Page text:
British Marketing Budget Cutbacks Signal Downturn

18 October 2005

The latest quarterly Bellwether survey published today (Tuesday) by the Institute of Practitioners in Advertising - the official body representing British advertising, media and marketing communications agencies - makes for sombre reading.

Based on original data drawn from a panel of 250 marketing professionals, the report is a key indicator of the health of the UK economy. The survey panel represents all key business sectors, drawn primarily from the nation's top 1000 companies.

Bellwether Q3 indicates that marketing budgets on average were cut for the second quarter running, falling at the fastest rate since the invasion of Iraq in 2003. Given that marketing spend is a leading indicator of the wider economy, the latest survey suggests that economic growth over coming months is set to remain below its long-term trend rate.

Comparing UK economic growth (as measured by gross domestic product) against the revisions to total marketing budgets reported by Bellwether, the study suggests that during the two final quarters of the year Britain will struggle to repeat Q2 economic growth of 0.5%. Projecting this trend across 2005 as a whole, growth for the year is likely to be under 2%.

Q2 Bellwether, published in July, correctly anticipated the recent fall in adspend growth recorded in Q2 by the UK Advertising Association, and illustrates how media advertising has been cut-back to a greater extent than total marketing expenditure.

Slower economic growth has reportedly encouraged marketers to shift spend toward relatively lower cost activities such as the internet and direct marketing, both seen as more accountable and cost effective.

Bellwether Q3 predicts that actual marketing spend by category will trend thus ...

  • Media advertising
    For the fourth quarter in a row media adspend budgets were revised down in Q3. This decline was the largest of all the Bellwether categories with only 16% of companies reporting an upward revision compared with 22% reporting a decline. The steepest downward revisions were seen in the retail FMCG, media and IT and Computing sectors.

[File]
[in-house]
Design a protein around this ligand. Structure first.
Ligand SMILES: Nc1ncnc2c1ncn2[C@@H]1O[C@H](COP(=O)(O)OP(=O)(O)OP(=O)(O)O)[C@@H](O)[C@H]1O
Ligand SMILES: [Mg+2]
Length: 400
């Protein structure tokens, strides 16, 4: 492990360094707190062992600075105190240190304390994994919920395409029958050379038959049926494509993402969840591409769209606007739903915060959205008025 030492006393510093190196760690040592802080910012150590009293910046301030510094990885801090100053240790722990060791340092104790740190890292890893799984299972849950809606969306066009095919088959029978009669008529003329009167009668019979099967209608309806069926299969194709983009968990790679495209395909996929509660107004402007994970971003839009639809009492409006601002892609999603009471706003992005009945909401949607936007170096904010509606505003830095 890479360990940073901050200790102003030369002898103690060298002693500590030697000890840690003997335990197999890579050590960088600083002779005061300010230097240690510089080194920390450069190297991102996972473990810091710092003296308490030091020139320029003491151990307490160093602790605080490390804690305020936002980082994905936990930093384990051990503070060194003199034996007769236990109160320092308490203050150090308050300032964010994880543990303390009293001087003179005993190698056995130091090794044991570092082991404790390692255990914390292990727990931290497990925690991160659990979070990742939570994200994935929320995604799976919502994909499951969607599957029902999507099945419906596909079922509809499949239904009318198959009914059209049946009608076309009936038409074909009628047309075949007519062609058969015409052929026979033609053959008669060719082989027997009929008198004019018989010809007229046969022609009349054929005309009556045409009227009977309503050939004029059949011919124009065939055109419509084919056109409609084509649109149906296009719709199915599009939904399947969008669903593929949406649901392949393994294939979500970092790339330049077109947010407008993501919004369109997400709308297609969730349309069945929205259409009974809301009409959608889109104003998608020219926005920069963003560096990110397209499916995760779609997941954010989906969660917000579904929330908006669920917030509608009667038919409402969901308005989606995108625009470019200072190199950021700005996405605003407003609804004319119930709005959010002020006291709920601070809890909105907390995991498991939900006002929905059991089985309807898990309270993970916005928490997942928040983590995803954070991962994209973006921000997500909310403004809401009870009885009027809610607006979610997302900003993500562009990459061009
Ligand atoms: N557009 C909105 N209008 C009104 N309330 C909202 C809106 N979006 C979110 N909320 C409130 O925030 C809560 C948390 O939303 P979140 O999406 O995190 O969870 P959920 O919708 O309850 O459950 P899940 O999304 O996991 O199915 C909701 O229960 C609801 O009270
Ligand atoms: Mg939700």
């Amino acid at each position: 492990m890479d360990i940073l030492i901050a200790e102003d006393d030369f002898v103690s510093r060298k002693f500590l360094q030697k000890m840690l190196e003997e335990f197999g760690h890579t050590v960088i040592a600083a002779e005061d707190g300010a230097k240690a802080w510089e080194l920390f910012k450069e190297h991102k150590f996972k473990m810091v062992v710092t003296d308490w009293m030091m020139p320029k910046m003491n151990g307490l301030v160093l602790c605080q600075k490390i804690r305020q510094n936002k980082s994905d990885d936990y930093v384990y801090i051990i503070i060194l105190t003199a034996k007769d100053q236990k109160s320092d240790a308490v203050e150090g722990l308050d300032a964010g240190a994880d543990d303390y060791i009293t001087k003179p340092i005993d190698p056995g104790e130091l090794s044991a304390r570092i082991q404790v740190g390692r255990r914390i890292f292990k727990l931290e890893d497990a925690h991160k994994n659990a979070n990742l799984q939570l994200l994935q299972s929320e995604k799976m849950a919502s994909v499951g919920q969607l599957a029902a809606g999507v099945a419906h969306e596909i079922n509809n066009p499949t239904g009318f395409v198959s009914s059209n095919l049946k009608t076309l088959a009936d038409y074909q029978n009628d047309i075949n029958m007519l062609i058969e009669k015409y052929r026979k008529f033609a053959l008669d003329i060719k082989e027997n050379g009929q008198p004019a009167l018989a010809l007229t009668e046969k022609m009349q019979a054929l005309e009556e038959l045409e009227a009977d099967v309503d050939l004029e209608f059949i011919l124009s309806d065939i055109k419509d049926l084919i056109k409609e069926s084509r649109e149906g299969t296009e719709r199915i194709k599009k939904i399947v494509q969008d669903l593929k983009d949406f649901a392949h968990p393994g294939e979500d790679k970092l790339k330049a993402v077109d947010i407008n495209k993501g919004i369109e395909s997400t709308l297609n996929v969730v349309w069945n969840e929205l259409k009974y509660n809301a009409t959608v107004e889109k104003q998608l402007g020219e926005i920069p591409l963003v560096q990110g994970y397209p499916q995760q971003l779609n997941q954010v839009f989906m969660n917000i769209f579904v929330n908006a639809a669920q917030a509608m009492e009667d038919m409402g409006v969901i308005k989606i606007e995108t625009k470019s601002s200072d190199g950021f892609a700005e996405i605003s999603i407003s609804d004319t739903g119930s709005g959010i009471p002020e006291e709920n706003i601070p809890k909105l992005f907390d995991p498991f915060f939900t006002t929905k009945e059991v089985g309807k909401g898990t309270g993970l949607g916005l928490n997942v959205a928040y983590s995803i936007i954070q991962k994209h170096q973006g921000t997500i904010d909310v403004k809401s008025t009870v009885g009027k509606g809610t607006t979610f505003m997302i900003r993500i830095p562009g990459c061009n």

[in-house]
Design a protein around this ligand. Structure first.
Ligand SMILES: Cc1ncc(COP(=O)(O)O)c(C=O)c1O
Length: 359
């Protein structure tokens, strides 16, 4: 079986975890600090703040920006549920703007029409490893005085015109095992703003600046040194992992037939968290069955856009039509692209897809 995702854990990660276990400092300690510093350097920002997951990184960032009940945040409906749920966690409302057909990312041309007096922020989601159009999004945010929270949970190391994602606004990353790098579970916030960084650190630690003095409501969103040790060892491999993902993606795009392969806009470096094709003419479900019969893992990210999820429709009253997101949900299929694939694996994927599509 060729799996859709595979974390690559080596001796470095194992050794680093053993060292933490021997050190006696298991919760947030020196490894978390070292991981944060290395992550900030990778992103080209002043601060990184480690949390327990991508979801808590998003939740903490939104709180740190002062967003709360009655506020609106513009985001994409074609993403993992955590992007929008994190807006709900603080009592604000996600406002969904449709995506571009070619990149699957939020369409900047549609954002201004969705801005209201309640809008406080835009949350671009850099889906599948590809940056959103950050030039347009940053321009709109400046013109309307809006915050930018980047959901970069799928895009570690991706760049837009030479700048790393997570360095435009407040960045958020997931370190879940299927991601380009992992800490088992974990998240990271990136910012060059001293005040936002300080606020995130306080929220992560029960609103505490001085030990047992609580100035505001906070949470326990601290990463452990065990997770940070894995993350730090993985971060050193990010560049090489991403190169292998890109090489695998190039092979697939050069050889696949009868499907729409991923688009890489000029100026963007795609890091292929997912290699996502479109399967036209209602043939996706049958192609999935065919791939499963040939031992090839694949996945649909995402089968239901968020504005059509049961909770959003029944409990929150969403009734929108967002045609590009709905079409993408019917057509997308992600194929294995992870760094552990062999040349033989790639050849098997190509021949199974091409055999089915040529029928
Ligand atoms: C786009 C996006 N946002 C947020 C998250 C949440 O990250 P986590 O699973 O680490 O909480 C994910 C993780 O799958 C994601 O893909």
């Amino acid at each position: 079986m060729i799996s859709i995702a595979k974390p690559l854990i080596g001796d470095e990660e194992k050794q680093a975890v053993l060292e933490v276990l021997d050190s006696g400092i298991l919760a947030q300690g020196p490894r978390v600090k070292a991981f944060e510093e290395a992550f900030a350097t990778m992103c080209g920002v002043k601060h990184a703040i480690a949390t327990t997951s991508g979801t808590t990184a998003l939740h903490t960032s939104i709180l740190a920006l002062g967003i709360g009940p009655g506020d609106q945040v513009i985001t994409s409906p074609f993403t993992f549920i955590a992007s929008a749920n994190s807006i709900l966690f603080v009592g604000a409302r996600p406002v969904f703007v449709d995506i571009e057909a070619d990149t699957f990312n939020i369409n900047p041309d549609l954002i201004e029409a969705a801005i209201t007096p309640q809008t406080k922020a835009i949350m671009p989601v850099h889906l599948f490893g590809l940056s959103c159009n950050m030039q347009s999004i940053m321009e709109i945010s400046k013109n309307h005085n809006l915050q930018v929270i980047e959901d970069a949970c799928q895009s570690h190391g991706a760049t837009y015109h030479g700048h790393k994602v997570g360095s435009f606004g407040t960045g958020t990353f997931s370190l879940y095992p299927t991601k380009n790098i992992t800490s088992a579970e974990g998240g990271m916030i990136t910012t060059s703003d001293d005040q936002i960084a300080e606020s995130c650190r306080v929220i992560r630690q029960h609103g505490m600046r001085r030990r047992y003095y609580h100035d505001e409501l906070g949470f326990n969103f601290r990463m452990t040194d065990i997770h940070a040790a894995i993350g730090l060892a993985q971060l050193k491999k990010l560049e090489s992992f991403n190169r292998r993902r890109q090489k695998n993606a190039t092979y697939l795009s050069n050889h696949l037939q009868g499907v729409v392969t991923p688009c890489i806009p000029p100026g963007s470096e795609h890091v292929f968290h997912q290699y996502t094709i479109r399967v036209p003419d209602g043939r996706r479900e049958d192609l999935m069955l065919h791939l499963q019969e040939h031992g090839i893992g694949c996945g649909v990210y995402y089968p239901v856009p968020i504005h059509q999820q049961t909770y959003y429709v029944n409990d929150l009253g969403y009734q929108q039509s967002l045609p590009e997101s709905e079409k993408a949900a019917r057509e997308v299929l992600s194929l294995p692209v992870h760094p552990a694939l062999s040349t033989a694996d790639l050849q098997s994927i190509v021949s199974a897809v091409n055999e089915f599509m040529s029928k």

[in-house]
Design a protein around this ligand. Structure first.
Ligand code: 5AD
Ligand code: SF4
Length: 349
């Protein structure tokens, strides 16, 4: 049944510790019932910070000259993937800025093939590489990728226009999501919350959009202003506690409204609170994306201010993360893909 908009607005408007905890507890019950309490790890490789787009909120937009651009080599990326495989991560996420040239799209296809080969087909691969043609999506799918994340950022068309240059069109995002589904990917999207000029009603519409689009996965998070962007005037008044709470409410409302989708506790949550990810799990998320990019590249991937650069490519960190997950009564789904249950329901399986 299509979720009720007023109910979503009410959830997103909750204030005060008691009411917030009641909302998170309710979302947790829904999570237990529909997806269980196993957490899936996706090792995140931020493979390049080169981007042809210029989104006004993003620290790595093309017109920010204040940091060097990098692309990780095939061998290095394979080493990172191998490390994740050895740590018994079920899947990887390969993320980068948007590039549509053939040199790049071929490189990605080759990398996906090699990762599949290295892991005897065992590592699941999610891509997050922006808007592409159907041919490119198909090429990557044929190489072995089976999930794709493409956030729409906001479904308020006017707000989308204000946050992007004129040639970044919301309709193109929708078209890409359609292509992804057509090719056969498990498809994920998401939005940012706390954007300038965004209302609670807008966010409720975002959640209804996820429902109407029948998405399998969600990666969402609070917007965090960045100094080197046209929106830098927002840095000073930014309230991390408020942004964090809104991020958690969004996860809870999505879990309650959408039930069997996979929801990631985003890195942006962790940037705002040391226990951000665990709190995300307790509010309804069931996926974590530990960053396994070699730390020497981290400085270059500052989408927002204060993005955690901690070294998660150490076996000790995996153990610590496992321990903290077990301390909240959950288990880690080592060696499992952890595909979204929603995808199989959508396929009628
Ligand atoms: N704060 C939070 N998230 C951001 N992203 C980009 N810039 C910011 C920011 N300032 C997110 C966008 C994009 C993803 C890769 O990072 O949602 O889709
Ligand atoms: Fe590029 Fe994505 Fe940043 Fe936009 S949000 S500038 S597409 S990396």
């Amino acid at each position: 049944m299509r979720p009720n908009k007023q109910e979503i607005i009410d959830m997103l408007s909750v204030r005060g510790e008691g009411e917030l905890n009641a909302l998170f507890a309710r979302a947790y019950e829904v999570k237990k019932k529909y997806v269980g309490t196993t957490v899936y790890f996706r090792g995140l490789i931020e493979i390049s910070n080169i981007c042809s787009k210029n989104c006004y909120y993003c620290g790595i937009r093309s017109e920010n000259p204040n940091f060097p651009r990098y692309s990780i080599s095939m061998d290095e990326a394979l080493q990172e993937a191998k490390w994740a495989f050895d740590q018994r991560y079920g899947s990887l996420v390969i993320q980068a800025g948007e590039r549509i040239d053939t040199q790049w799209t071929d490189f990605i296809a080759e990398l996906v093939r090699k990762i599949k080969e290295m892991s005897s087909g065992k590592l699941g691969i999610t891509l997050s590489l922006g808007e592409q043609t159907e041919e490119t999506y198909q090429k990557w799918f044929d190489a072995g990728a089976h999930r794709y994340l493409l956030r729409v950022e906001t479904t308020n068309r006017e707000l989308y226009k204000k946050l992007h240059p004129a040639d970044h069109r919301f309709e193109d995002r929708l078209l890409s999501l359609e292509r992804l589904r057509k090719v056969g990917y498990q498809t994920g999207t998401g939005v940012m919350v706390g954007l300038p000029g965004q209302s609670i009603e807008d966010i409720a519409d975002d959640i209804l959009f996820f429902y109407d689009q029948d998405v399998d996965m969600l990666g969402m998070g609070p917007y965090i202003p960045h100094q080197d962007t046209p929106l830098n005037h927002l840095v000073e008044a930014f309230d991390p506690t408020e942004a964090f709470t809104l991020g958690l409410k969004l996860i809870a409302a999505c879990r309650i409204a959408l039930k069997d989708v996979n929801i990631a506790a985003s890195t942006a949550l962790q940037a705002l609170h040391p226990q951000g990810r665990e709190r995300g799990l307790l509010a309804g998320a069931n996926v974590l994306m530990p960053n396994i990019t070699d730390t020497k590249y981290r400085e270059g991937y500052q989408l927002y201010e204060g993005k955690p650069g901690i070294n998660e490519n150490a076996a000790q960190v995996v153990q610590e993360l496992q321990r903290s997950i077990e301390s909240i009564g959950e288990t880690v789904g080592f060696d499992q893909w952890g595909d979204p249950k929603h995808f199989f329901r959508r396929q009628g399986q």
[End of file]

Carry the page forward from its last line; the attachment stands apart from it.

• Sales promotion
    In the face of slower than expected sales revenues for the year, there was a reduction in sales promotion budgets for the third quarter running in Q3. However, this was less dramatic than the cuts seen in Q2 2005. The declines were seen in the business services, media, autos and consumer durables sectors.

  • Direct Marketing
    After being unchanged in Q2, direct marketing budgets were on average revised up in Q3. The upgrade to budgets contrasted with the cut in total marketing spend recorded during the quarter and suggests a shift away from media adspend and sales promotion.

  • Internet
    Budgets for internet spend continued to be revised up in Q3, showing the strongest upgrade of any category of marketing covered by Bellwether. Respondents to the survey reporting an increase stood at 27%, compared to just 3% reporting a decline. The rise seen in Q3 was equal to the steep increase seen in Q1, which was the third-largest gain recorded since the survey began in 2000. According to Bellwether survey data, the internet now accounts for approximately 4% of total marketing spend, up from less than 2% five years ago.

  • Other marketing
    In Q3 budgets for all other marketing expenditure were revised down for the third consecutive quarter. Downward trends were seen within all sectors, notably industrial, auto and media sectors. This can be linked to pressure on profit margins.
Comments the report's author, Chris Williamson of NTC Research: "Although official data showed corporate profits to have risen in Q2, the Bellwether survey clearly shows that companies are battening down the hatches as consumer spending remains subdued and energy prices stay high.

"Marketing budgets are typically one of the first areas of expenditure to be cut when business conditions deteriorate, so unless firms see demand for their goods and services pick up in the near future, the marketing budget cuts signalled by the Q3 Bellwether report are likely to be followed by cuts in other types of expenditure, notably investment and employment."

WPP Group ceo Sir Martin Sorrell agrees with Williamson's reading of the data: "Q3 Bellwether confirms what we have been seeing in the UK, and indeed France and Germany - clients spending cautiously overall, particularly in traditional media, and increasing spending in the direct, internet and interactive media."

For further information on Bellwether Q3 click here.

Data sourced from Institute of Practitioners in Advertising; additional content by WARC staff